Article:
Leveraging BGP to Steal Cryptocurrency

Tuesday, August 12, 2014 @ 04:08 PM gHale

Over four months, bad guys were able to rip off tens of thousands of dollars by redirecting the connections of cryptocurrency miners to mining pools they control, researchers said.

While it is not manufacturing automation-related news, it is interesting the attackers compromised 51 pools at 19 hosting companies, including Amazon, Digital Ocean, OVH, ServerStack, EGIHosting, Choopa, LeaseWeb and B2 Net Solutions, said researchers at Dell SecureWorks’ Counter Threat Unit (CTU).

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The attacks used the Border Gateway Protocol (BGP), an external routing protocol that connects networks on the Web. BGP prevents malicious networks from hijacking traffic because users need to configure both ends of networks linked via this protocol manually in order to communicate properly.

Bad guys used bogus BGP broadcasts to redirect traffic to their own server, Dell said. Under normal circumstances, cryptocurrency miners connect to pool servers from which they receive instructions and rewards. However, by using bogus BGP announcements, the attackers managed to direct the miners’ traffic to their own pools. The redirected miners continue to receive instructions and carry on their tasks, but no longer receive rewards.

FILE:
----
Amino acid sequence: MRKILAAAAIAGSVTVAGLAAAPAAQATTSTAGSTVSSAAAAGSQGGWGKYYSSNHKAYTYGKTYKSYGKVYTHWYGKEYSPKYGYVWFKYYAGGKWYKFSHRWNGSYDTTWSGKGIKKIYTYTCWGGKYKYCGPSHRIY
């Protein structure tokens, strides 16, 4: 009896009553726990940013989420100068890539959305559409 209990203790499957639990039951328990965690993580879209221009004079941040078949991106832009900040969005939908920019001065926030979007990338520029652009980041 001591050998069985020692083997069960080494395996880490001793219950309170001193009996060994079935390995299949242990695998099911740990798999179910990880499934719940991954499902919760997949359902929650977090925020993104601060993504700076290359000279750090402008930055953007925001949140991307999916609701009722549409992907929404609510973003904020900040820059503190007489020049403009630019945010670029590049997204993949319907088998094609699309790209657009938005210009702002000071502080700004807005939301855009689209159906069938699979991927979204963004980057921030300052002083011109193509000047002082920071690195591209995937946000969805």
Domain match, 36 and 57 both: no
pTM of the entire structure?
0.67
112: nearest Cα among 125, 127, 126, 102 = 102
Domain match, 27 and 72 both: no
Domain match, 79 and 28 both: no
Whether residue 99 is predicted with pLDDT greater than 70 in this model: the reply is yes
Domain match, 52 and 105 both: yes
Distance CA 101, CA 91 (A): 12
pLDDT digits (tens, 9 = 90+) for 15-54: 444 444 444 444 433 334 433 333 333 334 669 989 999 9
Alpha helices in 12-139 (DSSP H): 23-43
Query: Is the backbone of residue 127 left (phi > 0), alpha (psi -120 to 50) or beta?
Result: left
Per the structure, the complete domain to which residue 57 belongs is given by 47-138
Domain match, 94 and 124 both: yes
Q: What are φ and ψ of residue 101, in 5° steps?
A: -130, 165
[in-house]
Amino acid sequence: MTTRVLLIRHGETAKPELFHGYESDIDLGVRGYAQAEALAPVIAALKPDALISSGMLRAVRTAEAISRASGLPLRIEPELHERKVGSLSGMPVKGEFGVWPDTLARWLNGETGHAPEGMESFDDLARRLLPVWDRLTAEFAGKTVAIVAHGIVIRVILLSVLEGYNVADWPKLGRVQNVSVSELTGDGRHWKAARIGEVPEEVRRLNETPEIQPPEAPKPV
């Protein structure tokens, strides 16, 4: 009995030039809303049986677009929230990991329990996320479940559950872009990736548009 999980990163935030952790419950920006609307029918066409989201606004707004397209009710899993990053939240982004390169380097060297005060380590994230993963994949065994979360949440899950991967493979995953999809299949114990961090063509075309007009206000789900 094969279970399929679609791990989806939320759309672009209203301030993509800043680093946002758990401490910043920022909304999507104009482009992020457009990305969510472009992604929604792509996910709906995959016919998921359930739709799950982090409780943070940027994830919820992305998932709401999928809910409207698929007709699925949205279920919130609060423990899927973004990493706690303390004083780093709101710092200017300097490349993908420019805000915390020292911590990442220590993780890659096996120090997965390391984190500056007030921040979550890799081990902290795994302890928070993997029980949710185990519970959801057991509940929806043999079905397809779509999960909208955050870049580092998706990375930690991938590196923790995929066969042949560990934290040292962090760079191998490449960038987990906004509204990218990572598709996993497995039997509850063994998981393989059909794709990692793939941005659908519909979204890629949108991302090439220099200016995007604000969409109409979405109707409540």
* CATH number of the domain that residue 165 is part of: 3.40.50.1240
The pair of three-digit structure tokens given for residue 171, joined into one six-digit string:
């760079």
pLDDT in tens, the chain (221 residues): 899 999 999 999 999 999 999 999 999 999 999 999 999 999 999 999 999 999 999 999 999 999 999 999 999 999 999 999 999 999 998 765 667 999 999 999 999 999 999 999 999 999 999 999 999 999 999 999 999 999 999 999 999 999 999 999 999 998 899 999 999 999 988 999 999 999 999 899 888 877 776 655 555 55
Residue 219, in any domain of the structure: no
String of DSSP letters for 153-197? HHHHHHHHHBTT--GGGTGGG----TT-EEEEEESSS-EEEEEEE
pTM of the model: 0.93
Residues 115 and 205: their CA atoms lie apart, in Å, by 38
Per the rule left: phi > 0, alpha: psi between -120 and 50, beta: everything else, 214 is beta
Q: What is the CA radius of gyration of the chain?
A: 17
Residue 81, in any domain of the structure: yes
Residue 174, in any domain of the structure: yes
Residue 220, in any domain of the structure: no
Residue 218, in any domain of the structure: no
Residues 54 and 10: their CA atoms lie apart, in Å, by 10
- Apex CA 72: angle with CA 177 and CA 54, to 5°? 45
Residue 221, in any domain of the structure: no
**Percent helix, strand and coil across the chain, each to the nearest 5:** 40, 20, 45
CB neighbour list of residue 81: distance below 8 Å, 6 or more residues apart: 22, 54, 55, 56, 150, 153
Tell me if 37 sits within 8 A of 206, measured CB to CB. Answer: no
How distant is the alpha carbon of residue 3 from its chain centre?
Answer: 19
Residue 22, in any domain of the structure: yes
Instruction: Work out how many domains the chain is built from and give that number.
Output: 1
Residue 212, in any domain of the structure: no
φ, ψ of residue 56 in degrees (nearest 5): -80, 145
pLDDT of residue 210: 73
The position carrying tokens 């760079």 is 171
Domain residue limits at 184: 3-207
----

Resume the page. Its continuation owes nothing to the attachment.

Members of cryptocurrency forums first reported seeing malicious activity March 22, but Dell researchers found the attacks started as early as February 3.

By looking at some of the cryptocurrency addresses associated with the hijacker, Dell determined between February and late May the cybercriminals had managed to make a profit of $83,000 in Bitcoin, Dogecoin, HoboNickels, and Worldcoin. Researchers said the bad guys targeted other currencies as well.

Experts traced the attack to a single router hosted by an ISP in Canada. An upstream ISP is aware of the operation and disrupted it, but the company hasn’t provided Dell with any details regarding the source of the malicious activity. Researchers believe this could have been the work of an individual working for the ISP, or a former employee who still has access to the company’s systems. The third possibility is a malicious hacker somehow managed to compromise the router to which the BGP announcements ended up traced.

There are several mitigations that can prevent such attacks.

ISPs can use the Resource Public Key Infrastructure (RPKI) service, which enables them to choose which of their IP address prefixes can originate from specified autonomous systems (AS). On the other hand, the administrators of pool servers can require miners to use the Secure Socket Layer (SSL) protocol and server certificate validation.

“BGP peering requires that both networks be manually configured and aware of one another. Requiring human interaction for proper configuration makes BGP peering reasonably secure, as ISPs will not peer with anyone without a legitimate reason,” said Pat Litke and Joe Stewart of the Dell SecureWorks Counter Threat Unit in a blog post. “These hijacks and miner redirections would not have been possible without peer-to-broadcast routes. Although BGP hijacking is possible, the overall threat is minimal.”

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